A 'miracle berry' that makes sour foods taste sweet and a fungus that can treat arthritis are among the Royal Botanic Gardens, Kew's top ten discoveries of the year.
The highlighted finds come from the 102 plant and eight fungi species found by the institution and its partners across 2019.
The discoveries include species that could help develop new medicines, or become fresh favourites for plant lovers — but many are already at risk of extinction from deforestation, agriculture and energy developments, Kew experts said.
Also among the top 10 are an 'orchid' found in a waterfall which could be wiped out by a hydroelectric dam development and a snowdrop found via Facebook.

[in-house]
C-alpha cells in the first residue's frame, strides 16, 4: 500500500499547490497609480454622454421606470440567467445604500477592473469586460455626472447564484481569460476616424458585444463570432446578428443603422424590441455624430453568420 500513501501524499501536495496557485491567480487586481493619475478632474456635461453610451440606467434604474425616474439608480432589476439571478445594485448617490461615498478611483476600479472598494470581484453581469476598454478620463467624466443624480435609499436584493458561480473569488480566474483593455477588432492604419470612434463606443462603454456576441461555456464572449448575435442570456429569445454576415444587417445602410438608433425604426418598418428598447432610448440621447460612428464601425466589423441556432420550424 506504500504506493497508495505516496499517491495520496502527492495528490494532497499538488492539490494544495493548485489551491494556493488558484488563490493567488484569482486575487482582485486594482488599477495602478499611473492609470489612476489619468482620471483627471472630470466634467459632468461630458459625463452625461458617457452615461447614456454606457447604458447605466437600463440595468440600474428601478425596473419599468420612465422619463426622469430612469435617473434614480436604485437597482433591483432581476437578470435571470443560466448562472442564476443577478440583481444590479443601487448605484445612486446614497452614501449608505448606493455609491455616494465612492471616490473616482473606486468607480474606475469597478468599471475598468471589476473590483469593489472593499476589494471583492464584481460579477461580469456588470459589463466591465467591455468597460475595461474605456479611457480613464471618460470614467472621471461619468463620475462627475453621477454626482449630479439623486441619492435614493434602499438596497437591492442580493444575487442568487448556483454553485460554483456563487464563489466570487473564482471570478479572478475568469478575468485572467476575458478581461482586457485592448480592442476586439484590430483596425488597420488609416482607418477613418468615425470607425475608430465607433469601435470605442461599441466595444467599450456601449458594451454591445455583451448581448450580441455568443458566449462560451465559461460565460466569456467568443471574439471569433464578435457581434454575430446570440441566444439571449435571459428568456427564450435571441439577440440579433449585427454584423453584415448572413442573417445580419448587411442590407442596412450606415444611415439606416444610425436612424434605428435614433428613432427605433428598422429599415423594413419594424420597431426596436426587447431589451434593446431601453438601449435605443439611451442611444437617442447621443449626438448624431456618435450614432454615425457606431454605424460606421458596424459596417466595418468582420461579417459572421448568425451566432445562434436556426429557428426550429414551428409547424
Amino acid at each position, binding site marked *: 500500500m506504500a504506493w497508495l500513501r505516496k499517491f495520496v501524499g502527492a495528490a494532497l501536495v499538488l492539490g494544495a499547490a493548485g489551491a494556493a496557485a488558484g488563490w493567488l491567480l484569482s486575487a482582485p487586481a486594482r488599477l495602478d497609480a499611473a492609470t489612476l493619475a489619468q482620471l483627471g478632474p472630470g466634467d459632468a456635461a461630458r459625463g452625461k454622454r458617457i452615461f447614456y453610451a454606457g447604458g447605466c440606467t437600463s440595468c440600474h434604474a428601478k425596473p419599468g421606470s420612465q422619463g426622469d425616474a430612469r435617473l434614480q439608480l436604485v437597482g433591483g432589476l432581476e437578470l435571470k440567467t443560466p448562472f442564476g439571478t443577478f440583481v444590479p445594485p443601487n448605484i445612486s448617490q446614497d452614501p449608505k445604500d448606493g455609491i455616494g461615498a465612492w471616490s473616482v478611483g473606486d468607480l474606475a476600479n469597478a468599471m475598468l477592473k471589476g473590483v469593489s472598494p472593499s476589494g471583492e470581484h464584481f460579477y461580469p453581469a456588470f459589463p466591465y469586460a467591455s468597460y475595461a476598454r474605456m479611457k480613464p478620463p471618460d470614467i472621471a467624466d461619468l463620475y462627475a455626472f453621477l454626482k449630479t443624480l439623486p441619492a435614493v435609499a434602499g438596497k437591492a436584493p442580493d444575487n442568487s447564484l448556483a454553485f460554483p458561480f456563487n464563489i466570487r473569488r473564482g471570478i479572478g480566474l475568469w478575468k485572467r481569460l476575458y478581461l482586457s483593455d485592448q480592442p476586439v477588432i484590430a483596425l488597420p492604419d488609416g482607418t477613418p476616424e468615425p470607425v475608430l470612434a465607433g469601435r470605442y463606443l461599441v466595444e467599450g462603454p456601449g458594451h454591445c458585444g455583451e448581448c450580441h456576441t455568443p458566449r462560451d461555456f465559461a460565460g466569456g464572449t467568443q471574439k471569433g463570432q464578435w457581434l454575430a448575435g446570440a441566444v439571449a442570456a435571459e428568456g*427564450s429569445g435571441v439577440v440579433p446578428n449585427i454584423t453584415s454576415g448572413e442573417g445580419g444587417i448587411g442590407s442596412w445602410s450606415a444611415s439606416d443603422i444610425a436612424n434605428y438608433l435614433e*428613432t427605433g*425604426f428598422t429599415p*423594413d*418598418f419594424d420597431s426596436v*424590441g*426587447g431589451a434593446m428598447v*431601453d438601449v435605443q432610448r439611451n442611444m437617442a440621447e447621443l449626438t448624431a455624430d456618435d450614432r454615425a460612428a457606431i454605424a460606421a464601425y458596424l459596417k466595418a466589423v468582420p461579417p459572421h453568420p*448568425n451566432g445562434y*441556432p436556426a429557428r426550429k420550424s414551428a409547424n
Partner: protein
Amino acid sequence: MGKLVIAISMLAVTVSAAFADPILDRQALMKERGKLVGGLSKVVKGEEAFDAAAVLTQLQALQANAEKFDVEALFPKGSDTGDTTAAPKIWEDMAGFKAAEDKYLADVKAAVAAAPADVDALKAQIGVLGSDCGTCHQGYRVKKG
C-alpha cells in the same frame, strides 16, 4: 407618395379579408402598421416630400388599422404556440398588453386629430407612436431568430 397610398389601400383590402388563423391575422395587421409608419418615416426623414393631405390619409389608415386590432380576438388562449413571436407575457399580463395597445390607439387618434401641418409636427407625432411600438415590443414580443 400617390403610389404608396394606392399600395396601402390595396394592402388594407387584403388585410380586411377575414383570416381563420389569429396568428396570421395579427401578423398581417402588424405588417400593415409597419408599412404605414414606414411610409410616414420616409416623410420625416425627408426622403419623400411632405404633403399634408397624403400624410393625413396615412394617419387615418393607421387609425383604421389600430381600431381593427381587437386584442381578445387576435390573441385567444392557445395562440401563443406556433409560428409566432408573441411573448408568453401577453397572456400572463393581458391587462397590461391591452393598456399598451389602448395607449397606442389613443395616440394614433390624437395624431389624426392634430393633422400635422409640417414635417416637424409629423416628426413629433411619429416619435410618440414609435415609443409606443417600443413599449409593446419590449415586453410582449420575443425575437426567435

'Discovering and describing new species is a truly exciting and vital scientific endeavour so we can better protect new species before they become extinct,' said Kew botanist Martin Cheek.
'It also helps us to understand their potential uses, and how they might provide the solutions to help us tackle some of the critical challenges facing humanity today.'
'This year's selection represents a range of new-to-science plants and fungi that are unique and characterful, yet threatened by human interventions and at risk of becoming extinct soon.'
This, Dr Cheek added, 'makes us both concerned and passionate about their protection.'